Column: Make this football season one for the books

by Father Mark Goldasich

An unexpected benefit from this catastrophic Chiefs season is that people are finding an “extra” three hours of time on Sunday. That makes this the perfect year to rediscover a good habit: spiritual reading. And Christmas is an ideal time to give a gift book to remind the recipient of what this season is all about.

Below are some recent titles to consider as gifts — for others or yourself. I chose these based on ease of reading and understanding, price, engaging topics, length, and their linking of the subject matter to the Scriptures and/or prayer.

I’ll start with a book to celebrate this year dedicated to St. Paul. If you regularly find yourself zoning out during that second reading at Mass, it’s probably because St. Paul is too confusing. Learn to appreciate him more by reading “A Still More Excellent Way: How St. Paul Points Us to Jesus” by Joseph Durepos (Loyola Press, 2008; 118 pgs; $10.95). This book contains 52 short chapters: one page has a brief passage from one of Paul’s letters; the other, a short, practical meditation from the author — a husband, father of three, worker, and a “pretty ordinary guy.”

Remember the question-and-answer format of the Baltimore Catechism? It’s a great way to break down scads of material into manageable parts. Father Juan Alfaro employs that method nicely in “Getting to Know Jesus: What Do Matthew, Mark, Luke and John Tell Us?” (Liguori Publications, 2008; 144 pgs; $14.95). In 118 questions, Father Alfaro leads readers into a much better understanding of each of the Gospels through easy-to-understand answers.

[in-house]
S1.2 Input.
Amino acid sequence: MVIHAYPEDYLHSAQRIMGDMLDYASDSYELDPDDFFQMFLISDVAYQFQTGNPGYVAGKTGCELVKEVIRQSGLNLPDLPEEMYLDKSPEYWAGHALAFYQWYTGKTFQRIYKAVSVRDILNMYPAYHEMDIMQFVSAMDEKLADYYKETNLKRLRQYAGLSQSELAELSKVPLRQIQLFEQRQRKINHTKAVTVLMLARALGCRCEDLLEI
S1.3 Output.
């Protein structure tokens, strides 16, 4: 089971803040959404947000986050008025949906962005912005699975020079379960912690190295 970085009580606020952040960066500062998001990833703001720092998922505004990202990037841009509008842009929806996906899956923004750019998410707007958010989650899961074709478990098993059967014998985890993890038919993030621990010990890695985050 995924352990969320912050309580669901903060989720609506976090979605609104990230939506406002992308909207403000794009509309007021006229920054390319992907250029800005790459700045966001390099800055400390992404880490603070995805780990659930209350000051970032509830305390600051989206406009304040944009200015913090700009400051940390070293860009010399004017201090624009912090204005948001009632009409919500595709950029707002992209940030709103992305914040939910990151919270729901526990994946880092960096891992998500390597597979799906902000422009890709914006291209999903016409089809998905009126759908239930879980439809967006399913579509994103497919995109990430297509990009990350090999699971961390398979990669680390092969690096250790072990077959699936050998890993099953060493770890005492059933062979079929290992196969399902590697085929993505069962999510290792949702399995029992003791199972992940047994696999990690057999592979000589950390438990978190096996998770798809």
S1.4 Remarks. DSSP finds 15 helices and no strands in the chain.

What do fish, philosophers, milk, plows, peacocks, lighthouses and anchors have in common? All were used at one time by ancient Christians as a witness to their faith. In “Signs and Mysteries: Revealing Ancient Christian Symbols” (Our Sunday Visitor Press, 2008; 188 pgs.; $15.95), Mike Aquilina unlocks the meaning and origin of these symbols, still seen in churches today. The many illustrations of Lea Marie Ravotti complement the text nicely.

If you’re in the mood to deepen your prayer life, our own archdiocesan priest, Father Ed Hays, comes to the rescue with the reissue of two of his classic works: “Prayers for the Domestic Church: A Handbook for Worship in the Home” (286 pgs; $17.95) and “Prayers for a Planetary Pilgrim: A Personal Manual for Prayer and Ritual” (371 pgs; $19.95). Both are Forest of Peace Books from Ave Maria Press. These reissues provide a fresh and inviting presentation to these prayers that cover a vast variety of situations, moods and times.

You’ve read a lot about the rosary in The Leaven over the past year. A very simple, compact, attractive presentation of the why and how of this prayer, featuring beautiful artwork for each of the mysteries, is found in Gary Jansen’s “The Rosary: A Journey to the Beloved” (FaithWorks, 2006; 104 pgs; $11.99).

If someone on your Christmas list has been very, very good, get them a copy of “Gospels and Acts,” part of The Saint John’s Bible series. This oversized, illuminated, 136-page volume is not only a work of art; its calligraphy invites readers to slow down and savor the words of Scripture. Don’t be put off by its $64.95 price tag. The book’s 25 large illuminations make it something that will be paged through, prayed with, treasured and handed down from one generation to another.

If, however, someone’s been only “moderately” good, at least buy them a copy of “The Art of The Saint John’s Bible” (Collegeville, Minn., 2007; 126 pgs.; $14.95). Author Susan Sink, with the help of plenty of color reproductions, explains not only the history of illuminated Bibles, but lets readers peek into the minds of the artists who created the images. This book should inspire the recipient to better behavior in order to deserve a copy of The Saint John’s Bible next year!

Happy reading!

Leave a Reply